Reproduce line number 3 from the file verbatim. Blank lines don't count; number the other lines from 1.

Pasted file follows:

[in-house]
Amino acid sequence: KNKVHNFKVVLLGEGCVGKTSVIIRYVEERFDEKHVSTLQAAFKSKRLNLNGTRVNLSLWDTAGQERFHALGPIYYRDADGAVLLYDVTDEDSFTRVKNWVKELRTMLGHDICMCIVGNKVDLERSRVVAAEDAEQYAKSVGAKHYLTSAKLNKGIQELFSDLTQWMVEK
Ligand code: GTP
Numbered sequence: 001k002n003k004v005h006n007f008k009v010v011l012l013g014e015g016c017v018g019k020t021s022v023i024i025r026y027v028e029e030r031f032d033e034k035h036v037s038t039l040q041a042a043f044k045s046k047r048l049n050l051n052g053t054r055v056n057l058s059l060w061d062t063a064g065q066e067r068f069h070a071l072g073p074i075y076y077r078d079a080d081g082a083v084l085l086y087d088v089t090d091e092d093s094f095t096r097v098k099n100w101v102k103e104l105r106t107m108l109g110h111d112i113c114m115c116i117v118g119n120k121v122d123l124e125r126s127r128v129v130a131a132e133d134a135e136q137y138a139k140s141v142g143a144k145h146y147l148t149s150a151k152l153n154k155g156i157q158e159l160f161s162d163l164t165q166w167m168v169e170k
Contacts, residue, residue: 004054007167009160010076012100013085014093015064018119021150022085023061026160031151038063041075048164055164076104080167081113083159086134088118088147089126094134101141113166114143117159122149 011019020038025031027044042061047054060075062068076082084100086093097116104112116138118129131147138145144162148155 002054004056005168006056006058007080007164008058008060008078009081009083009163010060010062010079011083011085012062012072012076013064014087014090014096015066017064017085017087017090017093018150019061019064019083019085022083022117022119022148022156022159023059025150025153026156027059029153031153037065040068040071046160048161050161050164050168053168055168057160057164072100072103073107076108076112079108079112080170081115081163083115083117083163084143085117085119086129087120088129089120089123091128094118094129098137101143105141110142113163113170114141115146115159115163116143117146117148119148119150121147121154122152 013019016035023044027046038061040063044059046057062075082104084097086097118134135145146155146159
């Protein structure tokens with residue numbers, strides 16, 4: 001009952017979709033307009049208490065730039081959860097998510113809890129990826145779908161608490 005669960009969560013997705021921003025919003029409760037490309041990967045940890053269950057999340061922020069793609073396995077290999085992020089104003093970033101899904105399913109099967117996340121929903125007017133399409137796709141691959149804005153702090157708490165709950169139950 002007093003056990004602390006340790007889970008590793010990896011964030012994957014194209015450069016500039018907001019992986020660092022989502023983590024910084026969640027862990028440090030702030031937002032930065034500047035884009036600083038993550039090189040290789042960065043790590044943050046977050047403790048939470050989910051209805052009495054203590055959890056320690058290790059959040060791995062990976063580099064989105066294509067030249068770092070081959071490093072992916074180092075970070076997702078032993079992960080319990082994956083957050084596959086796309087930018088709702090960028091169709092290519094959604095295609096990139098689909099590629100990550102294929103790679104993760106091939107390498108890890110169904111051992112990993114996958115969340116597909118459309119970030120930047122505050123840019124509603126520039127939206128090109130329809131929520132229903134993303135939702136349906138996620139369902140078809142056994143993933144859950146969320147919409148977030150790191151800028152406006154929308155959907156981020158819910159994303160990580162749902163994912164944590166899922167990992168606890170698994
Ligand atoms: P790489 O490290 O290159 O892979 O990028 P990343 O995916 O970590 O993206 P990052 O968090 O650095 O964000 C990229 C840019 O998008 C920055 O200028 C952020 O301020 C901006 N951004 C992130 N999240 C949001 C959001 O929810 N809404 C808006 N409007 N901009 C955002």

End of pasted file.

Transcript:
Ligand code: GTP